As Roger Scruton put it, “The history of philosophy abounds in thinkers, who, having concluded that the truth is ineffable, have gone on to write page upon page about it” [13]. This has been an attempt to express the ‘ineffable’. It is a testament to the presence of mystery that the existentialists have been better at showing us what other philosophers for centuries have been telling us. Novels such as The Brothers Karamazov or The Plague are such potent communicators precisely because they vicariously immerse the reader into the experience of mystery. We are brought to the parishioners besotted with plague, and not just told about them from the pulpit.

Sir William Osler wrote that: “The good physician treats the disease; the great physician treats the patient who has the disease” [14]. Understood in terms of the concept of ‘mystery’, the great physician is characterized by entanglement with the patient and their suffering. Dostoevsky’s words ring true for this reason. Love in action is harsh because it requires an active giving of oneself. It is dreadful because it demands a willingness to endure suffering alongside the afflicted. To care for patients is to be branded by their afflictions, and to thereby become members of the Fellowship of those who bear the mark of pain.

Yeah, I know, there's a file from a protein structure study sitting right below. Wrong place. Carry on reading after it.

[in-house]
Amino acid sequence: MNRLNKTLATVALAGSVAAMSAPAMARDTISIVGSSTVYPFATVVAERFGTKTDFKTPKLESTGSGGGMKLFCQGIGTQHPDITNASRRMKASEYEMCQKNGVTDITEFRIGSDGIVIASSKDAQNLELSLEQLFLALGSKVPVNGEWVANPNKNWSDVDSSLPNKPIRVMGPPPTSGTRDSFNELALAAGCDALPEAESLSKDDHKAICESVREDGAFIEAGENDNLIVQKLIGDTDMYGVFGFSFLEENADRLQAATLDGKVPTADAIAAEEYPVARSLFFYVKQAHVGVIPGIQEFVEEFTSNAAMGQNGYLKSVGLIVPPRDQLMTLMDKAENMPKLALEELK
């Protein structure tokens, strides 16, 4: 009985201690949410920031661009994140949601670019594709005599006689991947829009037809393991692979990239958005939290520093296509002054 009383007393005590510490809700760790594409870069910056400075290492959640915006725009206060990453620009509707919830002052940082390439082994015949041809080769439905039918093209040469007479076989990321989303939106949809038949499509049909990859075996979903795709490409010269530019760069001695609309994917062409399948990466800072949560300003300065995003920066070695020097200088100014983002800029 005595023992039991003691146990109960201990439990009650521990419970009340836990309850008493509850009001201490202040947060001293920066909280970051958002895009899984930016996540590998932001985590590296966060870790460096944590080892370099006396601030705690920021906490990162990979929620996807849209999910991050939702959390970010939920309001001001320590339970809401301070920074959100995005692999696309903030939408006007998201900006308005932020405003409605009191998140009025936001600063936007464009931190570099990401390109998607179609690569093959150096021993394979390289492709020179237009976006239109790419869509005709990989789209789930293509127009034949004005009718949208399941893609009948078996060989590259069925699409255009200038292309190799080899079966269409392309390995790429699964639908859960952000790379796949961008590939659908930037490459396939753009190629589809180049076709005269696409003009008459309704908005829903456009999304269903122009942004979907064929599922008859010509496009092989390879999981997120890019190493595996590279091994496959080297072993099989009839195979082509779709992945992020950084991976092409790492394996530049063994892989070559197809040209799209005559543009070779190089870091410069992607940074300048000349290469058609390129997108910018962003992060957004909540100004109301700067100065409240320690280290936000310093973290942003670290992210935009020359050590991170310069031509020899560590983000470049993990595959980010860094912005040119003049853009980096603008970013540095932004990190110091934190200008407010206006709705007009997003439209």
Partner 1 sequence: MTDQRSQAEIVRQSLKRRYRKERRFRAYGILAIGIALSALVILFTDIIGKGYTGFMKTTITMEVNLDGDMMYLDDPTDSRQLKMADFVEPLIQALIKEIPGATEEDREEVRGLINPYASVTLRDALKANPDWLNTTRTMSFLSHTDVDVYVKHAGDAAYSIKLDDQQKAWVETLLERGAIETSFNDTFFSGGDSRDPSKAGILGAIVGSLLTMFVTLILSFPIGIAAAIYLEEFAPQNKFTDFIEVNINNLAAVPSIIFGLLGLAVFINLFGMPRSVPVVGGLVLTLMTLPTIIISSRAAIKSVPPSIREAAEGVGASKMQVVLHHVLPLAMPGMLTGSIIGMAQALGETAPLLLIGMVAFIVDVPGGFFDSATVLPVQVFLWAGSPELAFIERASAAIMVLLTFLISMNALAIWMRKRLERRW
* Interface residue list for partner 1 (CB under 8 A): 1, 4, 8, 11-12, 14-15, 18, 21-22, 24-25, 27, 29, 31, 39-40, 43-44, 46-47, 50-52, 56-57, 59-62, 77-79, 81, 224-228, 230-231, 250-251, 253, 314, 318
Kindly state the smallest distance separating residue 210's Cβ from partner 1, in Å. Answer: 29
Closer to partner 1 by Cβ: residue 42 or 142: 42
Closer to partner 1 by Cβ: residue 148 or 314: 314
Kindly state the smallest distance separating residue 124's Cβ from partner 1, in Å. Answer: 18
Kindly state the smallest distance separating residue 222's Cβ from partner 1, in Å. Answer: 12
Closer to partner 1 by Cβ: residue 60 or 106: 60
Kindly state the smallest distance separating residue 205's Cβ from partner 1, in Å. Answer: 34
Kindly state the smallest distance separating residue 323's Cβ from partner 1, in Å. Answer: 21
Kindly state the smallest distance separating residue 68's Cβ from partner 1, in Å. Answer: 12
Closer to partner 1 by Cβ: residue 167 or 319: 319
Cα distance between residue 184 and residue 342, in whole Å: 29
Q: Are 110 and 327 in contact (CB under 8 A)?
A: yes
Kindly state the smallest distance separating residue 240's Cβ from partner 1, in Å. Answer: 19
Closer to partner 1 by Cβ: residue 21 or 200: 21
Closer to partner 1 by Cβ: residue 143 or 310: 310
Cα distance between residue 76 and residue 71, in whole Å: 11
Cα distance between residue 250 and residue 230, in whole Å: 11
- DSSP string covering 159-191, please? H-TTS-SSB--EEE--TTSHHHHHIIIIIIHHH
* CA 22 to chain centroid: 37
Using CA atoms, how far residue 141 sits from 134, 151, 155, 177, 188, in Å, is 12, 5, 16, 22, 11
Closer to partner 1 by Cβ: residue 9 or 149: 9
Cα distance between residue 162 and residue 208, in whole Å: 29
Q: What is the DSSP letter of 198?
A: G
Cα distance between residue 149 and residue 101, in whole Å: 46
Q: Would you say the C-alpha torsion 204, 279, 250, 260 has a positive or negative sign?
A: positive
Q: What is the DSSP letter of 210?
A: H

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KC is responsible for the conception of this article, the literature search, and writing of the manuscript. JP contributed to writing and editing of the manuscript. All authors read and approved the final version of this manuscript.

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Correspondence to Karel-Bart Celie or John J. Paris.

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Celie, KB., Paris, J.J. Bearing the mark of pain: mystery in medicine. Philos Ethics Humanit Med 18, 4 (2023).